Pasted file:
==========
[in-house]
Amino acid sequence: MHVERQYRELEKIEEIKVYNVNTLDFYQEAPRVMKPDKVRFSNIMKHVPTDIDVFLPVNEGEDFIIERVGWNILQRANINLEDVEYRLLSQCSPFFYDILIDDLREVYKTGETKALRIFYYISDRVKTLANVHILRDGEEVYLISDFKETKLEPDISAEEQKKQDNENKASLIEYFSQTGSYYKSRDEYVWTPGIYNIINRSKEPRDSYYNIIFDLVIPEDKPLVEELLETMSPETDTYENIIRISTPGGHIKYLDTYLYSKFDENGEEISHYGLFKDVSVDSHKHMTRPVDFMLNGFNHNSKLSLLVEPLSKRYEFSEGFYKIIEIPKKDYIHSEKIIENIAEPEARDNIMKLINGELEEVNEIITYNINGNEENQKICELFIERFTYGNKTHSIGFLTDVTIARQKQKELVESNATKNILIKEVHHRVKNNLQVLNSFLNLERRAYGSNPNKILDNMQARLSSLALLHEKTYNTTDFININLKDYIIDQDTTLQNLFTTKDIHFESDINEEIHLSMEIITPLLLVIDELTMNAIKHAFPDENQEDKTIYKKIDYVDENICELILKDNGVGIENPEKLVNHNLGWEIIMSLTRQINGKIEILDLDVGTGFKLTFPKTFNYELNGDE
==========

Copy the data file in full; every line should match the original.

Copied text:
[in-house]
Amino acid sequence: MHVERQYRELEKIEEIKVYNVNTLDFYQEAPRVMKPDKVRFSNIMKHVPTDIDVFLPVNEGEDFIIERVGWNILQRANINLEDVEYRLLSQCSPFFYDILIDDLREVYKTGETKALRIFYYISDRVKTLANVHILRDGEEVYLISDFKETKLEPDISAEEQKKQDNENKASLIEYFSQTGSYYKSRDEYVWTPGIYNIINRSKEPRDSYYNIIFDLVIPEDKPLVEELLETMSPETDTYENIIRISTPGGHIKYLDTYLYSKFDENGEEISHYGLFKDVSVDSHKHMTRPVDFMLNGFNHNSKLSLLVEPLSKRYEFSEGFYKIIEIPKKDYIHSEKIIENIAEPEARDNIMKLINGELEEVNEIITYNINGNEENQKICELFIERFTYGNKTHSIGFLTDVTIARQKQKELVESNATKNILIKEVHHRVKNNLQVLNSFLNLERRAYGSNPNKILDNMQARLSSLALLHEKTYNTTDFININLKDYIIDQDTTLQNLFTTKDIHFESDINEEIHLSMEIITPLLLVIDELTMNAIKHAFPDENQEDKTIYKKIDYVDENICELILKDNGVGIENPEKLVNHNLGWEIIMSLTRQINGKIEILDLDVGTGFKLTFPKTFNYELNGDE